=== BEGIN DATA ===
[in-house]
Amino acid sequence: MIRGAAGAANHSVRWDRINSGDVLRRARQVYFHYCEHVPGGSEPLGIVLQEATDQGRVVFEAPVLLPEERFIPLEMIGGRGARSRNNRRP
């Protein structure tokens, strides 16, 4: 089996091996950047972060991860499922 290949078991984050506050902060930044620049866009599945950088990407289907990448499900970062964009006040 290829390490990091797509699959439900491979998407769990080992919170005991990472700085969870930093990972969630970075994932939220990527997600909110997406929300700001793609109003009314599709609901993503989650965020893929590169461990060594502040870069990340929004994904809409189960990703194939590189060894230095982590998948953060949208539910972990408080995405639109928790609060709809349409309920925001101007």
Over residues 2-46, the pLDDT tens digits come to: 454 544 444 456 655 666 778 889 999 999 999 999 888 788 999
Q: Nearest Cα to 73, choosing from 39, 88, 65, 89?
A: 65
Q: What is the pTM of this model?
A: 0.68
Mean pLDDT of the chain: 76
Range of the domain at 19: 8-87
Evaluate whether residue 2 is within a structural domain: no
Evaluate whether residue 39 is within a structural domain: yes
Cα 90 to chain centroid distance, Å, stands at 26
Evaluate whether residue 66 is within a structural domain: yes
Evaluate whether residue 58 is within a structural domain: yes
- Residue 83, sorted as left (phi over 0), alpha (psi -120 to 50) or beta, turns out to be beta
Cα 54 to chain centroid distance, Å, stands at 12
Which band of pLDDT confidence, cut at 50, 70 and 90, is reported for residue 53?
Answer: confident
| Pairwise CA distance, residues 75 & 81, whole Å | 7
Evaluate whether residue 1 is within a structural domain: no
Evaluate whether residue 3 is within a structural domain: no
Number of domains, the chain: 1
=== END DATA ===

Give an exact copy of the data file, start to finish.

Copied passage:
[in-house]
Amino acid sequence: MIRGAAGAANHSVRWDRINSGDVLRRARQVYFHYCEHVPGGSEPLGIVLQEATDQGRVVFEAPVLLPEERFIPLEMIGGRGARSRNNRRP
């Protein structure tokens, strides 16, 4: 089996091996950047972060991860499922 290949078991984050506050902060930044620049866009599945950088990407289907990448499900970062964009006040 290829390490990091797509699959439900491979998407769990080992919170005991990472700085969870930093990972969630970075994932939220990527997600909110997406929300700001793609109003009314599709609901993503989650965020893929590169461990060594502040870069990340929004994904809409189960990703194939590189060894230095982590998948953060949208539910972990408080995405639109928790609060709809349409309920925001101007």
Over residues 2-46, the pLDDT tens digits come to: 454 544 444 456 655 666 778 889 999 999 999 999 888 788 999
Q: Nearest Cα to 73, choosing from 39, 88, 65, 89?
A: 65
Q: What is the pTM of this model?
A: 0.68
Mean pLDDT of the chain: 76
Range of the domain at 19: 8-87
Evaluate whether residue 2 is within a structural domain: no
Evaluate whether residue 39 is within a structural domain: yes
Cα 90 to chain centroid distance, Å, stands at 26
Evaluate whether residue 66 is within a structural domain: yes
Evaluate whether residue 58 is within a structural domain: yes
- Residue 83, sorted as left (phi over 0), alpha (psi -120 to 50) or beta, turns out to be beta
Cα 54 to chain centroid distance, Å, stands at 12
Which band of pLDDT confidence, cut at 50, 70 and 90, is reported for residue 53?
Answer: confident
| Pairwise CA distance, residues 75 & 81, whole Å | 7
Evaluate whether residue 1 is within a structural domain: no
Evaluate whether residue 3 is within a structural domain: no
Number of domains, the chain: 1